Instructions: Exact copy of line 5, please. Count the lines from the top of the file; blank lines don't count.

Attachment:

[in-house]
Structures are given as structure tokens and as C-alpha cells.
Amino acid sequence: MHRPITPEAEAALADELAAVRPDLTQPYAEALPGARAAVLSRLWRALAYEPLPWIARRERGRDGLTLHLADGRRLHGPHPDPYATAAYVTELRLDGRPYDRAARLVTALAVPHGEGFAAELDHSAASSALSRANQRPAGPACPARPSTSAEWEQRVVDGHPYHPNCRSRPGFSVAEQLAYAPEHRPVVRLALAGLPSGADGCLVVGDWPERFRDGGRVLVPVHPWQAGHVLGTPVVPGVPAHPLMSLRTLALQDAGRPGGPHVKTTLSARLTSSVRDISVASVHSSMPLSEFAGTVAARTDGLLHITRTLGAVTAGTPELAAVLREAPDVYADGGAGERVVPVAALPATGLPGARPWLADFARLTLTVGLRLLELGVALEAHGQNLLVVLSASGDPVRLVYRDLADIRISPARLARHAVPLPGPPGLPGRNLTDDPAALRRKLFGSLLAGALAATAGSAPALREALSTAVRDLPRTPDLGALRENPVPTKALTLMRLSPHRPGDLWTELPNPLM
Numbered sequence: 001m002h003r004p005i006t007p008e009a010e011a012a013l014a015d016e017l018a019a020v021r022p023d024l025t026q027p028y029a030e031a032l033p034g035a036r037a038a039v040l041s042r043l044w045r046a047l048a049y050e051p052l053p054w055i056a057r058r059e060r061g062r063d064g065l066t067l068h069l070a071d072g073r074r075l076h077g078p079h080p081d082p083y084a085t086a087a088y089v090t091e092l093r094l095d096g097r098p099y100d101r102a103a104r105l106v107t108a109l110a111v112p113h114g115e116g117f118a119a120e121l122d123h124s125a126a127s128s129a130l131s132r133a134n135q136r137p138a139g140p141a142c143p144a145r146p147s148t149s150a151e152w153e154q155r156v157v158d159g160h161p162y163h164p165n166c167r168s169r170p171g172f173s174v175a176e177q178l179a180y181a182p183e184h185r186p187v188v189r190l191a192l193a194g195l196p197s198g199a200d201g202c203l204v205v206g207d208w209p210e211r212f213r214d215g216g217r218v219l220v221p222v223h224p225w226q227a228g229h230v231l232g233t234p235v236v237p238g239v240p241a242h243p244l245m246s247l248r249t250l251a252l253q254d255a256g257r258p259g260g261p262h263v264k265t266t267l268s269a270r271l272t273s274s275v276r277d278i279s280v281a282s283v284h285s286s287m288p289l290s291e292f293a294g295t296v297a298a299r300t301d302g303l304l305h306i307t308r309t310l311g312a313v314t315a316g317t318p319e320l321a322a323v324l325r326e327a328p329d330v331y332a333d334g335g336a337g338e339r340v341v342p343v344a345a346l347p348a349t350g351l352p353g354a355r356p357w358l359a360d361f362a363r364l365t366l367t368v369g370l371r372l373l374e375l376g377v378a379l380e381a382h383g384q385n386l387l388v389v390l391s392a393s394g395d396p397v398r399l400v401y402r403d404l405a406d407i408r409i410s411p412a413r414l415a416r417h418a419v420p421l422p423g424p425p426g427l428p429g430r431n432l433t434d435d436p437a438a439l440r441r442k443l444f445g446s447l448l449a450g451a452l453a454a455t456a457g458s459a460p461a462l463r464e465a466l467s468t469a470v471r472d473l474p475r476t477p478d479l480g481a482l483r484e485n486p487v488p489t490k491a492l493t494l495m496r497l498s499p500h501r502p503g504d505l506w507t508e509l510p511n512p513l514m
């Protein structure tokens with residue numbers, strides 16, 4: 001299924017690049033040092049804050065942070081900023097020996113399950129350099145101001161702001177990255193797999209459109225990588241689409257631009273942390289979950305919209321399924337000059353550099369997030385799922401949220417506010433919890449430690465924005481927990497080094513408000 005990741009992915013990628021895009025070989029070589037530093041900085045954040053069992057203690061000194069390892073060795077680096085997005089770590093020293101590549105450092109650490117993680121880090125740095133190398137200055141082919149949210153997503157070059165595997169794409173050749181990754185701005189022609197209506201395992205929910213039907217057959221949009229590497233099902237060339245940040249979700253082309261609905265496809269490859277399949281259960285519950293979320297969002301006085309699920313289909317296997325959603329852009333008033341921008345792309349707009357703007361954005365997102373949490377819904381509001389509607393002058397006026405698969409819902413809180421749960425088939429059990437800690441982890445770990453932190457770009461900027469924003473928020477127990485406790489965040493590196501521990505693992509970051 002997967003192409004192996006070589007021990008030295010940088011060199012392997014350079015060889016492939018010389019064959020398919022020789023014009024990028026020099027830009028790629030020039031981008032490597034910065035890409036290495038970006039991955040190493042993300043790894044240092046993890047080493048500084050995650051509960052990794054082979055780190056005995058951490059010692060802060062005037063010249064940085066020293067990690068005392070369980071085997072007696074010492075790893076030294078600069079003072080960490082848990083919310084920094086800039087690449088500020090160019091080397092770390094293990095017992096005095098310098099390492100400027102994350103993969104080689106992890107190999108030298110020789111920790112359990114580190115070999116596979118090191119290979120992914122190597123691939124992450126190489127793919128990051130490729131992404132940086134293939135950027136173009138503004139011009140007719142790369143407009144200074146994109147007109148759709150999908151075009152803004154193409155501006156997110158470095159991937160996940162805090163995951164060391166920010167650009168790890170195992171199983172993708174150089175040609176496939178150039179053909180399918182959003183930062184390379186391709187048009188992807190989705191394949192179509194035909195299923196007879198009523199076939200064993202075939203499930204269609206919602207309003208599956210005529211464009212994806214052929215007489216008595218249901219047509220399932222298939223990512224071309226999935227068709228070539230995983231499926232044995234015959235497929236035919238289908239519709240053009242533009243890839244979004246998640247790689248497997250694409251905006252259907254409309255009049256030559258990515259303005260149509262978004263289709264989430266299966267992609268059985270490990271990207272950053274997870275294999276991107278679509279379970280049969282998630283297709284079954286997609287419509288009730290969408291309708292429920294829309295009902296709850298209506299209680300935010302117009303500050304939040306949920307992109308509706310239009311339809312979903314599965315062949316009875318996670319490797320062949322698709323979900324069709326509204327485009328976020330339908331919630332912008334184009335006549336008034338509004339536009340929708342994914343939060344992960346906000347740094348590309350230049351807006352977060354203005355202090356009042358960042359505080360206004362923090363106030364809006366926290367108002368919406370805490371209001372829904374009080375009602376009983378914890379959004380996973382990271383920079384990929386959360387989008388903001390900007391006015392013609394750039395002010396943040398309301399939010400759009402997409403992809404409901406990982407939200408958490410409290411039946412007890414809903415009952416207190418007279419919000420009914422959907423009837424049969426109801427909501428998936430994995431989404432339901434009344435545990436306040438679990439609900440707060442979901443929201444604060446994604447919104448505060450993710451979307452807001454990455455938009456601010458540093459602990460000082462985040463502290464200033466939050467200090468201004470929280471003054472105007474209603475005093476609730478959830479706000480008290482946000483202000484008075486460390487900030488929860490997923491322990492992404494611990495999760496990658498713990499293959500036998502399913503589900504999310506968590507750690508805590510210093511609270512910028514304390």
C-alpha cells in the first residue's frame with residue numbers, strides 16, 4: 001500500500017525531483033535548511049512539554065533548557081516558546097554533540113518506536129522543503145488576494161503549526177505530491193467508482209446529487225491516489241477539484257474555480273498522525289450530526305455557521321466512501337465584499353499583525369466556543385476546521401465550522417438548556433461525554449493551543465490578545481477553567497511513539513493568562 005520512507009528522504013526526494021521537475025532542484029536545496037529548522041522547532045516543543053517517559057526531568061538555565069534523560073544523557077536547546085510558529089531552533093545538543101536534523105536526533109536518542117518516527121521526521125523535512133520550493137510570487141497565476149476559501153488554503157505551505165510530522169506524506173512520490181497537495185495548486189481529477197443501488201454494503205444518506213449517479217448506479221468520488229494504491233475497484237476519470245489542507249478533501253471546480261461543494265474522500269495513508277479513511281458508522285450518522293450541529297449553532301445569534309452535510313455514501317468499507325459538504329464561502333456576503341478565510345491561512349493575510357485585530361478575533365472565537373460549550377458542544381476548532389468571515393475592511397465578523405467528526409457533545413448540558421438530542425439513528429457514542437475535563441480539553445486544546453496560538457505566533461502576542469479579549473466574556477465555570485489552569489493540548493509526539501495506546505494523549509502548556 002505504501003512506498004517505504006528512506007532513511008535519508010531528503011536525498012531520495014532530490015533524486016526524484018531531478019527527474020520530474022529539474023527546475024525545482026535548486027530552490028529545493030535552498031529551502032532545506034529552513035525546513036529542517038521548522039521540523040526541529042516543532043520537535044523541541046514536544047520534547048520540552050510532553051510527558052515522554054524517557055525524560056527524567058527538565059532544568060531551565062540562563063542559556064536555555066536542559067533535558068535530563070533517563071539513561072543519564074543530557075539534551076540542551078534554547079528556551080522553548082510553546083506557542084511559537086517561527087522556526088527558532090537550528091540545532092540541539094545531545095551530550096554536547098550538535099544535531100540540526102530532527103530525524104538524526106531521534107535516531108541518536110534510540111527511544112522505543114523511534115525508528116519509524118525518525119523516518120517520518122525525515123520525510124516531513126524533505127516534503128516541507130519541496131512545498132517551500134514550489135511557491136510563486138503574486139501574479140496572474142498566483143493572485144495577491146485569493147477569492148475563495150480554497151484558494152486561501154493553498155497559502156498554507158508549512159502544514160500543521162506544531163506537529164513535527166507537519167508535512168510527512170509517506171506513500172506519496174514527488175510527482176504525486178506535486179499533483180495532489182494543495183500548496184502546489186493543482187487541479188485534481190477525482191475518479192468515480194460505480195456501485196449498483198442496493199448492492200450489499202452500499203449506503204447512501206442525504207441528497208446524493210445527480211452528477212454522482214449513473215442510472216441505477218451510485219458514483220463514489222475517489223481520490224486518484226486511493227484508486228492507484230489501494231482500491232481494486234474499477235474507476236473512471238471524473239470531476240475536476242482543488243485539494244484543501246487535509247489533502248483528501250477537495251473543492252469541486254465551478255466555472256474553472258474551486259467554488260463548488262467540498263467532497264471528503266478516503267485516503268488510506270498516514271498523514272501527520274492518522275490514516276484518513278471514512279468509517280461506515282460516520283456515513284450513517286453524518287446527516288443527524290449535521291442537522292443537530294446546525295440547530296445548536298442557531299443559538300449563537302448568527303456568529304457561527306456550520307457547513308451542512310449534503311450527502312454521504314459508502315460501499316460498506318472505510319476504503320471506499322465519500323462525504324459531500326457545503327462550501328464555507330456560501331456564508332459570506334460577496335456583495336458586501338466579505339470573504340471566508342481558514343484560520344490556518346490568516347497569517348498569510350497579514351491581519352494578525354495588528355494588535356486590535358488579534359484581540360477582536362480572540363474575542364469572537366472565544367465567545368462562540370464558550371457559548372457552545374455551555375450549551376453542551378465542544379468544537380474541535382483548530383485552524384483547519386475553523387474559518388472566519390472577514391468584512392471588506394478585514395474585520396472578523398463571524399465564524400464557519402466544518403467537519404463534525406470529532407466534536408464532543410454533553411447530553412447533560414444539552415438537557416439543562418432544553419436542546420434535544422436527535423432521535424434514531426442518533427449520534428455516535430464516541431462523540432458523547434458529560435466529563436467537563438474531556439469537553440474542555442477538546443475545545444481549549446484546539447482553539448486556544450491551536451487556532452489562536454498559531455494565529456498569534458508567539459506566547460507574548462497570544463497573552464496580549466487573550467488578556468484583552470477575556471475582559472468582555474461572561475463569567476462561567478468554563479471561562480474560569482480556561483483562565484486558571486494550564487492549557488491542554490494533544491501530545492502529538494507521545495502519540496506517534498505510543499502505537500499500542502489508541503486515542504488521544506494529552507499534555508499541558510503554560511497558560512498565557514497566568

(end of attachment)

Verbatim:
């Protein structure tokens with residue numbers, strides 16, 4: 001299924017690049033040092049804050065942070081900023097020996113399950129350099145101001161702001177990255193797999209459109225990588241689409257631009273942390289979950305919209321399924337000059353550099369997030385799922401949220417506010433919890449430690465924005481927990497080094513408000 005990741009992915013990628021895009025070989029070589037530093041900085045954040053069992057203690061000194069390892073060795077680096085997005089770590093020293101590549105450092109650490117993680121880090125740095133190398137200055141082919149949210153997503157070059165595997169794409173050749181990754185701005189022609197209506201395992205929910213039907217057959221949009229590497233099902237060339245940040249979700253082309261609905265496809269490859277399949281259960285519950293979320297969002301006085309699920313289909317296997325959603329852009333008033341921008345792309349707009357703007361954005365997102373949490377819904381509001389509607393002058397006026405698969409819902413809180421749960425088939429059990437800690441982890445770990453932190457770009461900027469924003473928020477127990485406790489965040493590196501521990505693992509970051 002997967003192409004192996006070589007021990008030295010940088011060199012392997014350079015060889016492939018010389019064959020398919022020789023014009024990028026020099027830009028790629030020039031981008032490597034910065035890409036290495038970006039991955040190493042993300043790894044240092046993890047080493048500084050995650051509960052990794054082979055780190056005995058951490059010692060802060062005037063010249064940085066020293067990690068005392070369980071085997072007696074010492075790893076030294078600069079003072080960490082848990083919310084920094086800039087690449088500020090160019091080397092770390094293990095017992096005095098310098099390492100400027102994350103993969104080689106992890107190999108030298110020789111920790112359990114580190115070999116596979118090191119290979120992914122190597123691939124992450126190489127793919128990051130490729131992404132940086134293939135950027136173009138503004139011009140007719142790369143407009144200074146994109147007109148759709150999908151075009152803004154193409155501006156997110158470095159991937160996940162805090163995951164060391166920010167650009168790890170195992171199983172993708174150089175040609176496939178150039179053909180399918182959003183930062184390379186391709187048009188992807190989705191394949192179509194035909195299923196007879198009523199076939200064993202075939203499930204269609206919602207309003208599956210005529211464009212994806214052929215007489216008595218249901219047509220399932222298939223990512224071309226999935227068709228070539230995983231499926232044995234015959235497929236035919238289908239519709240053009242533009243890839244979004246998640247790689248497997250694409251905006252259907254409309255009049256030559258990515259303005260149509262978004263289709264989430266299966267992609268059985270490990271990207272950053274997870275294999276991107278679509279379970280049969282998630283297709284079954286997609287419509288009730290969408291309708292429920294829309295009902296709850298209506299209680300935010302117009303500050304939040306949920307992109308509706310239009311339809312979903314599965315062949316009875318996670319490797320062949322698709323979900324069709326509204327485009328976020330339908331919630332912008334184009335006549336008034338509004339536009340929708342994914343939060344992960346906000347740094348590309350230049351807006352977060354203005355202090356009042358960042359505080360206004362923090363106030364809006366926290367108002368919406370805490371209001372829904374009080375009602376009983378914890379959004380996973382990271383920079384990929386959360387989008388903001390900007391006015392013609394750039395002010396943040398309301399939010400759009402997409403992809404409901406990982407939200408958490410409290411039946412007890414809903415009952416207190418007279419919000420009914422959907423009837424049969426109801427909501428998936430994995431989404432339901434009344435545990436306040438679990439609900440707060442979901443929201444604060446994604447919104448505060450993710451979307452807001454990455455938009456601010458540093459602990460000082462985040463502290464200033466939050467200090468201004470929280471003054472105007474209603475005093476609730478959830479706000480008290482946000483202000484008075486460390487900030488929860490997923491322990492992404494611990495999760496990658498713990499293959500036998502399913503589900504999310506968590507750690508805590510210093511609270512910028514304390």